It is worth noting that you should always treat employees in accordance with company policies and values. In a nutshell, a manager must command with integrity. To be successful in commanding a team the manager will also need to be able to communicate very clearly what needs to be done and their expectations.
Using their knowledge of their team, the manager creates energy, motivation to do the job, and loyalty to the team and the organization.
There is more to management than simply creating a plan and issuing commands to your team. A manager must also coordinate their team.
This coordination must exist between individuals working on tasks and also between functional departments.
Coordination is typically done via meetings to ensure that common problems are solved and that everyone in on the same page, pulling in the same direction. To learn how to run a meeting successfully, read the article How to Run a Meeting.
A manager is also responsible for controlling the work in accordance with the policy of the organization.
In practice, this means that the manager must:
- Establish baseline performance.
- Measure actual performance and understand how it differs from the baseline. Where appropriate, these deviations should be reported to the manager’s manager.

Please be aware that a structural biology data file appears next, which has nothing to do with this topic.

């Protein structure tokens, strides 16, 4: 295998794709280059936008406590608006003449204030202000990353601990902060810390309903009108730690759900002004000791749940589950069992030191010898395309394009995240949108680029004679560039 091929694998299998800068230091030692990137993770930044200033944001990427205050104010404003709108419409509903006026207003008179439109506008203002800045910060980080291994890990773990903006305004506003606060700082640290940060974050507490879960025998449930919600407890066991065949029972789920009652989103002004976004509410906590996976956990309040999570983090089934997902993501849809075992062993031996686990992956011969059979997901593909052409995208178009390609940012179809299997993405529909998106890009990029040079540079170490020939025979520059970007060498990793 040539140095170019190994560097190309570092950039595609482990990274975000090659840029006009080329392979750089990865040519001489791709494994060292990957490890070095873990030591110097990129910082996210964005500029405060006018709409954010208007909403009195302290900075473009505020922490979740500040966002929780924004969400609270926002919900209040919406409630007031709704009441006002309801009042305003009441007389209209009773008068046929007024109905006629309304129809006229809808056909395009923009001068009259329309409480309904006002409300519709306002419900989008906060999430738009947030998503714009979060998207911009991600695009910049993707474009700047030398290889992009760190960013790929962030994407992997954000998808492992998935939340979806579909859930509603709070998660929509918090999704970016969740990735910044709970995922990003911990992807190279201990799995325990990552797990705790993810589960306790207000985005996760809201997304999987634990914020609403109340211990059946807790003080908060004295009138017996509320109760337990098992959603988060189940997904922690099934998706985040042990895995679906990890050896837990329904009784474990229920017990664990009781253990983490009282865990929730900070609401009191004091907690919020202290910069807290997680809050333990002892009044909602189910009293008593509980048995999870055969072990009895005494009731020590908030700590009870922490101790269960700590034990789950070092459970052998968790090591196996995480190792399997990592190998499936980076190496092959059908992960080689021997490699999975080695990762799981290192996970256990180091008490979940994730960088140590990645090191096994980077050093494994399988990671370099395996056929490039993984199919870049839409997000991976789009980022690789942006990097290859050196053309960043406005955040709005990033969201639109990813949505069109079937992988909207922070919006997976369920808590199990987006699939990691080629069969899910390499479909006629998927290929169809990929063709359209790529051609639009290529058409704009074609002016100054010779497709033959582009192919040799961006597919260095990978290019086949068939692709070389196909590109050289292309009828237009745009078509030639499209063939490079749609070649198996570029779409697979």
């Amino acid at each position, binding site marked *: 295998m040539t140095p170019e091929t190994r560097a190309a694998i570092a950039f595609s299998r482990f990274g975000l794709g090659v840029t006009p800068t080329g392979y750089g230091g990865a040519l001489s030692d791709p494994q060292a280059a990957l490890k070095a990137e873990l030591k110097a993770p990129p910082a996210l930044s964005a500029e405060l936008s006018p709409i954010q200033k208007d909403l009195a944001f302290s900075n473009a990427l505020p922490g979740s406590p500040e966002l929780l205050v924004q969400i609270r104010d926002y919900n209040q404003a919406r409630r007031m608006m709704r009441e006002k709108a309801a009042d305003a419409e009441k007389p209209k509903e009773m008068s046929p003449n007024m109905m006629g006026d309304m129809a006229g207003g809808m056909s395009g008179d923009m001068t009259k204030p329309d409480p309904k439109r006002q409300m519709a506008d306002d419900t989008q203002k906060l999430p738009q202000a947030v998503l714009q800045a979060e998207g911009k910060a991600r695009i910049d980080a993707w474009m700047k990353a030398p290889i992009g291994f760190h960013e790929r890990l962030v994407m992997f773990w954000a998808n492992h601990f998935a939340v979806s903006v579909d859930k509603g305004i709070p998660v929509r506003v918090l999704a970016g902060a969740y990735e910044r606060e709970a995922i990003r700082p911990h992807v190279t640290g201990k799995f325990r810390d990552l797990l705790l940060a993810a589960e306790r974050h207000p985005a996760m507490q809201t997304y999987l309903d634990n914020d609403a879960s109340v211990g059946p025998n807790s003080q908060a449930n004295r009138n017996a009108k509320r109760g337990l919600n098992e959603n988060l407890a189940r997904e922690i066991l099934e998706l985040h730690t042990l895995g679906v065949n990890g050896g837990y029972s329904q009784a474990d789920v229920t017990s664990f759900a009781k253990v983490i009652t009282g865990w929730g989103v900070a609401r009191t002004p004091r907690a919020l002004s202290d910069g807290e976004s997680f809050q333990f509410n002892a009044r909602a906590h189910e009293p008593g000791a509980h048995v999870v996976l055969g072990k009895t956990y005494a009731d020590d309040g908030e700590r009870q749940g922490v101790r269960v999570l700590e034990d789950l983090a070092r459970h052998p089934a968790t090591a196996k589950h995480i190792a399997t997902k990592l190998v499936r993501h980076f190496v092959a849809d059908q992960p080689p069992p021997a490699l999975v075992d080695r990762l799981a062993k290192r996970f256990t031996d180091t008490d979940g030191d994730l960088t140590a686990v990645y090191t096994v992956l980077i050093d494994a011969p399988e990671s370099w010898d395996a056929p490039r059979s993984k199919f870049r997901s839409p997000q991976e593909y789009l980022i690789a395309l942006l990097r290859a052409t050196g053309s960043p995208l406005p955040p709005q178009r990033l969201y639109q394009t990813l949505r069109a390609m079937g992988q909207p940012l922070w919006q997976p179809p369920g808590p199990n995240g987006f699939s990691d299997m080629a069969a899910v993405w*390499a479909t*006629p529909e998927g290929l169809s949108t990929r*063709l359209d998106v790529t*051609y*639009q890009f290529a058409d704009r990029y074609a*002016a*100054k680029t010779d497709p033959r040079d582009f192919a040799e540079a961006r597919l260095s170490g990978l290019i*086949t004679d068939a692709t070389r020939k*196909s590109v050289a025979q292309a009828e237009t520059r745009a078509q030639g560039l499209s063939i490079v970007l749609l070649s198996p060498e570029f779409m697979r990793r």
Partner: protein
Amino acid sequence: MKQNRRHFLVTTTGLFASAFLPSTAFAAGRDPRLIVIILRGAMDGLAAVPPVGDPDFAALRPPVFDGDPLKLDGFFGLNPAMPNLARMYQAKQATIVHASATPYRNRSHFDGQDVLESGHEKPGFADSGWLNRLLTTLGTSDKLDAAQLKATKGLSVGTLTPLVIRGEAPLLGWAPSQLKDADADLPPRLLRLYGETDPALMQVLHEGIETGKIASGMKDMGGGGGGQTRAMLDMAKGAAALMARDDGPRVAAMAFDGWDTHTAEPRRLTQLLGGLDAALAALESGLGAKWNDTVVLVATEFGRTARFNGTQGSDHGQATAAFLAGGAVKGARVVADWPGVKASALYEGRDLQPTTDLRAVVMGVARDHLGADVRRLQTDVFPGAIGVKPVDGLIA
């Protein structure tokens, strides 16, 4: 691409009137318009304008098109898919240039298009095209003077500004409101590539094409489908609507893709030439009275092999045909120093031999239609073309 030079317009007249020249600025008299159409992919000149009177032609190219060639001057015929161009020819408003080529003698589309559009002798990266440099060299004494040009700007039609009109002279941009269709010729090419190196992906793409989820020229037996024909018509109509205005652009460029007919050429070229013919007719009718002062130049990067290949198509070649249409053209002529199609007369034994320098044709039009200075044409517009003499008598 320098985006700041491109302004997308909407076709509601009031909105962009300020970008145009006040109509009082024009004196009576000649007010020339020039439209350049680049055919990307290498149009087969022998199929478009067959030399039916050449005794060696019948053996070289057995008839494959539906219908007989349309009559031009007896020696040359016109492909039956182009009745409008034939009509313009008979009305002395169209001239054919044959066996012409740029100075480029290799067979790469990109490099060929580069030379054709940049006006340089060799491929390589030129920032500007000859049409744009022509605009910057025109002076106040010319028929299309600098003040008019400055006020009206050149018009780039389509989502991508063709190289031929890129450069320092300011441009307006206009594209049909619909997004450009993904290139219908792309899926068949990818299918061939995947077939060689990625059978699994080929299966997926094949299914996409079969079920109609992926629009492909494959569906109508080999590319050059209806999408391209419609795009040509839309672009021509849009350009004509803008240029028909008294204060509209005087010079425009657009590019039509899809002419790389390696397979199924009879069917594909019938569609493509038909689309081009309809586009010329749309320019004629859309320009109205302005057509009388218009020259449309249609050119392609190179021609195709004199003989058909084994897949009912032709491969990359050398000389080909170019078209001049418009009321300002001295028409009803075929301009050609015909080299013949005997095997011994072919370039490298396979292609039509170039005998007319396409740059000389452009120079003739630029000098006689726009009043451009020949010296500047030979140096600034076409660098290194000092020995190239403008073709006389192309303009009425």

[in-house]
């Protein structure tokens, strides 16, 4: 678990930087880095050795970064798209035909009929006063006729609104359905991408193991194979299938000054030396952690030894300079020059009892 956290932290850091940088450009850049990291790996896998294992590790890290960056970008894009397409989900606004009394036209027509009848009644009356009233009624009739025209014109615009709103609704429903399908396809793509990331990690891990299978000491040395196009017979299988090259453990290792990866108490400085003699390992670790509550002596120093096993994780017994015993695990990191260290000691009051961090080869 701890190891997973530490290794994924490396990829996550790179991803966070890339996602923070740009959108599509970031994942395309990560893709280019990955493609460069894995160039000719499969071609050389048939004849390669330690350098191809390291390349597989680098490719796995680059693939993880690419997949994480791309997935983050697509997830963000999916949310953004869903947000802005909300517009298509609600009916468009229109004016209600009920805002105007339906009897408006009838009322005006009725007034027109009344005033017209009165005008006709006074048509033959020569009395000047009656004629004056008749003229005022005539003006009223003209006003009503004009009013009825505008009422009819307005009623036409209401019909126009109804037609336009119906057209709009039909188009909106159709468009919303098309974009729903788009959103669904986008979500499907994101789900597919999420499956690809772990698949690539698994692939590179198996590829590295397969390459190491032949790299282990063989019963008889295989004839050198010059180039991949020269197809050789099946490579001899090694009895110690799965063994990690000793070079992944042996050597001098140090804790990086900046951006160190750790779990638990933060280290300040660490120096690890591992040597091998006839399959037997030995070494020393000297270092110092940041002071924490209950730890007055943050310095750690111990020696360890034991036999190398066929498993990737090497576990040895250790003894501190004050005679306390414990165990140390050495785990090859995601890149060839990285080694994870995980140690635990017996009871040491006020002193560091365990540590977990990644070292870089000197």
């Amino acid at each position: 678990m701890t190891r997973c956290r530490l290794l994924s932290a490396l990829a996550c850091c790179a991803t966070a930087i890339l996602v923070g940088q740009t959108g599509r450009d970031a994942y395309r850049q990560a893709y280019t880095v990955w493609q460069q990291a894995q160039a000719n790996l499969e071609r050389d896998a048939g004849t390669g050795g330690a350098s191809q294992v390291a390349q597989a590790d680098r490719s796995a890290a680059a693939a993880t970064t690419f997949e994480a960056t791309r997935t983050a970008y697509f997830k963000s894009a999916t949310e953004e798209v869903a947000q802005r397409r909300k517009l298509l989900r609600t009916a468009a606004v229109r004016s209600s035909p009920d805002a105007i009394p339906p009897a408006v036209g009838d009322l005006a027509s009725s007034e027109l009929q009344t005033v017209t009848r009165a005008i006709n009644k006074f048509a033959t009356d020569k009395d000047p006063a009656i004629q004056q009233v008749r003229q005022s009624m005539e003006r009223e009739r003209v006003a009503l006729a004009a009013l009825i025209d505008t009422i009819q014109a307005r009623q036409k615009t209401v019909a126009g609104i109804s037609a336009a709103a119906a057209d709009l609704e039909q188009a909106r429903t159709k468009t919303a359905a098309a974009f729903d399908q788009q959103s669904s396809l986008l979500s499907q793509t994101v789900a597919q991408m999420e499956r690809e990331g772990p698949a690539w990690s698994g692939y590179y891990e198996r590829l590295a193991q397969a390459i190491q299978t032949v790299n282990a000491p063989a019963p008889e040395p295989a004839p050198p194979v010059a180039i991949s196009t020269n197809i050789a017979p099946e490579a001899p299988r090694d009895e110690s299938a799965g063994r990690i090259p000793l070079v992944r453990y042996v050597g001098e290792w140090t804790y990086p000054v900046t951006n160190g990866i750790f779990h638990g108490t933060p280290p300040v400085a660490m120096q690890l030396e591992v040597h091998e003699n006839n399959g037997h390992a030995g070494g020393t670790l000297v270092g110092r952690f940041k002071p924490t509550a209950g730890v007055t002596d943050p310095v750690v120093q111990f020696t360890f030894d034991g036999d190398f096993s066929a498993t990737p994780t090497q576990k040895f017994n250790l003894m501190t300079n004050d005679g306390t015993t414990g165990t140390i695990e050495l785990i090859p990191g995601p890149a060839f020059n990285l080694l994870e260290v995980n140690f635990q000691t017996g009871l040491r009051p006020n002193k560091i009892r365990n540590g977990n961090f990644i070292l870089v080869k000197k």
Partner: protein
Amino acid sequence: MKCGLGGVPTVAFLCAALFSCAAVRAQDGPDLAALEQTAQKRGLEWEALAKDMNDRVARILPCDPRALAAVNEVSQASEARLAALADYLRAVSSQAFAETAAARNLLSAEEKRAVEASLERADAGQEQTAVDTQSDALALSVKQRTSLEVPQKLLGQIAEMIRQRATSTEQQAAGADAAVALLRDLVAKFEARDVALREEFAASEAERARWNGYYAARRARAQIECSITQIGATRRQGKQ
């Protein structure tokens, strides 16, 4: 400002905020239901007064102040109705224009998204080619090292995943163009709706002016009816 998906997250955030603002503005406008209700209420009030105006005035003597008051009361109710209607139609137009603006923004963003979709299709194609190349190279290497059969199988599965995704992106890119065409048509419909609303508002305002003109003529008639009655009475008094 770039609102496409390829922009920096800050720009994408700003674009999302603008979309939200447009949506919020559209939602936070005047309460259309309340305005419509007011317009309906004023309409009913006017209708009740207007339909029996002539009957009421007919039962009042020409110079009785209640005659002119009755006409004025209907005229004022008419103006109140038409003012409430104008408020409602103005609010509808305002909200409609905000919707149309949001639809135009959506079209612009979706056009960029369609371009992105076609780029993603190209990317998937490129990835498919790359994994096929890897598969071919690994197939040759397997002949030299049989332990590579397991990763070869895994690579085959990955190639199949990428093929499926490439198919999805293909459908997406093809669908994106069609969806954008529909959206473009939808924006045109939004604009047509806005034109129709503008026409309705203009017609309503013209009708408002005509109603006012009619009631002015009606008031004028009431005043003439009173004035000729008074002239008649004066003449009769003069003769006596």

- Take action to correct deviations and to avoid future deviations.
Five Functions of Management Advantages
The Five Functions of Management theory has the following advantages:
- The model gives managers a simple understanding of the duties a typical manager should perform.
- Each of the five functions is aligned with the objectives and goals of the organization.
- Fayol recognized that management is a social process where the manager needs to optimize an organic team to achieve the aims of the business. Management is not a set-and-forget affair.
Five Functions of Management Disadvantages
The Five Functions of Management model has the following disadvantages:
- It omits a large part of most managers role, that of managing relationships, creative problem solving, and working to build a motivated and energized team.
- It is based on Fayol’s own experiences in management and not on any empirical research.
- It is very inward looking and doesn’t give any consideration to customer needs. This means organizations structured to service the needs of the organization, rather than being structured to service the needs of the customer.
The Five Functions of Management was developed by Henry Fayol in 1916, at a time when management models simply didn’t exist.
The model breaks down a managers job into five functions:
- Planning: the manager makes a plan to achieve the objectives of the organization.
- Organizing: the manager organizes people and resources to best achieve the plan.
- Commanding: the manager delegates tasks to people and teams to implement the plan.
- Coordinating: the manager coordinates people and teams to ensure the plan runs to schedule and everyone is pulling in the same direction.
- Controlling: the manager measures performance and takes corrective action where necessary.
Despite the model being over 100 years old it still provides a basic introduction to the duties that every manager must perform.